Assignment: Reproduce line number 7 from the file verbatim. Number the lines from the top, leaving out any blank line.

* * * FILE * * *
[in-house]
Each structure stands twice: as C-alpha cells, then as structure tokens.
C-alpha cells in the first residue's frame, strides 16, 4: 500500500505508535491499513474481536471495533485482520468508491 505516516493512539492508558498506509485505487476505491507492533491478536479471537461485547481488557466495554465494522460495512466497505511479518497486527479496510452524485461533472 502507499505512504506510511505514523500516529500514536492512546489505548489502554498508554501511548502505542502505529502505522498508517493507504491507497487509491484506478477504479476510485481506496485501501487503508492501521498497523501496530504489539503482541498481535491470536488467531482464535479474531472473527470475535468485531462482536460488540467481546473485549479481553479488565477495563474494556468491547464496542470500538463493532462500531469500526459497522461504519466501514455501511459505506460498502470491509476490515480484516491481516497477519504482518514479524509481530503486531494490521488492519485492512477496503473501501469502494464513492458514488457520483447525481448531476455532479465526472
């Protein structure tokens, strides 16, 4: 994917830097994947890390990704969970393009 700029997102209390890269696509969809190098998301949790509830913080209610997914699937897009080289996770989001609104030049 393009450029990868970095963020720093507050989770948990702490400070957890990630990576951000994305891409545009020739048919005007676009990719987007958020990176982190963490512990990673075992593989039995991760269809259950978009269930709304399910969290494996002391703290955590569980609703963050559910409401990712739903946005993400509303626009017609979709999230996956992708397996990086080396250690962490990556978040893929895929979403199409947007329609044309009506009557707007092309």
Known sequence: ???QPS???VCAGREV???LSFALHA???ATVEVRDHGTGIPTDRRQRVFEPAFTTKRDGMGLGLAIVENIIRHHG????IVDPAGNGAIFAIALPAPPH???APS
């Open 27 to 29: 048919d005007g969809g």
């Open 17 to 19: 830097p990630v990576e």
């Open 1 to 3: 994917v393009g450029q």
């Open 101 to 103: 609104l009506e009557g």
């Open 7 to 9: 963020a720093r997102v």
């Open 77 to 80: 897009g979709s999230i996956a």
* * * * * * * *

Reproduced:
């Open 17 to 19: 830097p990630v990576e």